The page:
Eden Gardens Pitch a Sign of Changing Times in India?
When teams tour India, they expect dry, turning pitches, and a brand of cricket completely unique to that part of the world. In the first test against Sri Lanka at Eden Gardens though, the pitch was more reminiscent of the green tops found at Lords or The Oval.
Though the overcast conditions certainly helped, the pitch looked like it would support swing bowlers from the outset, with Sunil Gavaskar quipping that ‘there is very little difference between the outfield and the pitch’.
The result was an historic test match, in which no Indian spinner took a wicket. This was the first time in history that a test match played in India saw no wickets from a home spinner. So inoffensive were they on this pitch, Ashwin and Jadeja bowled just ten overs between them over the course of the entire match.
Typical pitches in India
One needs only to remember the most recent Test Series played in India to see the impact which spinners are used to having there. In the four test Border-Gavaskar series, in which Australia toured India, the top four wicket takers were all spinners.
Jadeja and Ashwin led all-comers with 25 and 21 respectively, and were followed by Australia’s Steve O’Keefe and Nathan Lyon, who had 19 apiece. Yadav was the standout fast bowler with 17 wickets, but aside from him no other bowler made it into double figures.
Overall, spinners accounted for an incredible 90 out of 134 total wickets. Clearly, that series was made for spinners, and was reminiscent of a sub-continent which typically produces dry, hard, spinning wickets.
Why was this one green?
So just why was this pitch so far removed from what we’ve come to expect in India? If skipper Virat Kohli’s comments are anything to go by, the seaming pitches enable his team to familiarise themselves with the moving ball, something which they will be faced with when they tour South Africa immediately after this series.
As Kohli said, ‘we get only two days before we fly to South Africa after this series gets over’, something which demands they adapt to South African conditions during this series.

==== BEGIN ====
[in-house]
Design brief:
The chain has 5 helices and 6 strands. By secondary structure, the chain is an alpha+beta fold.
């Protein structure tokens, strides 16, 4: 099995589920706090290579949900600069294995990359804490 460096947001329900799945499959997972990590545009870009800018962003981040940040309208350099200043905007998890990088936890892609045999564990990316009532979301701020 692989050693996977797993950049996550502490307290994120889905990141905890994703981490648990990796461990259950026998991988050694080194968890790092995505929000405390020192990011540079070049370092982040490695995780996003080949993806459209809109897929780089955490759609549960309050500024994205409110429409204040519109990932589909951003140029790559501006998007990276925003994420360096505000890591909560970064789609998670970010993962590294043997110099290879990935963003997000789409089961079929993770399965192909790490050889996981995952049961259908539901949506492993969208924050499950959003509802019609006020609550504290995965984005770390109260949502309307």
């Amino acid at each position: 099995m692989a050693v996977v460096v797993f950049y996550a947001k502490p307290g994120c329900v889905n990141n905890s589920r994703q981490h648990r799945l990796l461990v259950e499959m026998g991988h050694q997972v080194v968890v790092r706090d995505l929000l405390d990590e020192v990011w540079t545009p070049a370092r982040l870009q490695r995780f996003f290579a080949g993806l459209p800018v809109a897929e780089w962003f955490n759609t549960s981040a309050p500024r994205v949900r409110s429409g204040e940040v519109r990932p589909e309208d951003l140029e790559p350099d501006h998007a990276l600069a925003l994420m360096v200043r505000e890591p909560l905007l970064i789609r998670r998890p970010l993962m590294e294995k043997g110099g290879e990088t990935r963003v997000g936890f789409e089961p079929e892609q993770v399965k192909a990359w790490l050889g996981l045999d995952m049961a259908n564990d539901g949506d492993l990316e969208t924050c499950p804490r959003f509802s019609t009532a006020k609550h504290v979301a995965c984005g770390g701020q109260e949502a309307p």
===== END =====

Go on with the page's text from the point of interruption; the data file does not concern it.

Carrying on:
The pitch at Nagpur, where the second test will be played, is expected to assist seam bowlers again, though not to the extent it did at Eden Gardens.
Some would argue Sri Lanka have the right to feel aggrieved at pitches prepared so clearly to suit the needs of the home team. Against a team with two spinners who boast top five places in the ICC Test Bowler Rankings, however, the visitors are probably favoured by the seaming pitches more than they would be on turning ones.
These unusual Indian pitches have significant ramifications for punters, predominantly with regards to the wicket takers. Ordinarily, bets on Indian spinners to take the most wickets in an innings, to snare 5-for’s, or anything along those lines are relatively safe bets. Not so in this series.
If looking at player markets, punters would be much better served searching for value amongst the pace bowlers getting wickets. Batsmen who are ordinarily susceptible to turning wickets may also have low predicted totals, but given the nature of these pitches there may be some value in betting on these type of batsman building decent scores.
What to expect in the future
Whether pitches such as those seen so far in this series become the norm in India will not be seen until late next year, with India touring South Africa from December through to February, and then England in the English summer.
It would, however, be reasonable to assume that transmission will resume as normal when India next plays a test series at home. There is a reason pitches tend to suit spinners in India, and it is predominantly related to the hot, arid conditions to which the region is subjected.
As well as that, and indeed because of it, Indian spinners are the best in the world. Like it or not, all countries produce pitches favourable to their own lineups, and India is no exception, producing wickets which their talented spinners will be able to exploit.
This series differs purely because of the short turnaround before the South Africa series. India have a need to ply their trade on some seaming wickets, and that’s what has been produced.
When test cricket returns to India in late 2018, expect the hard, dry pitches we’ve come to expect to make a comeback.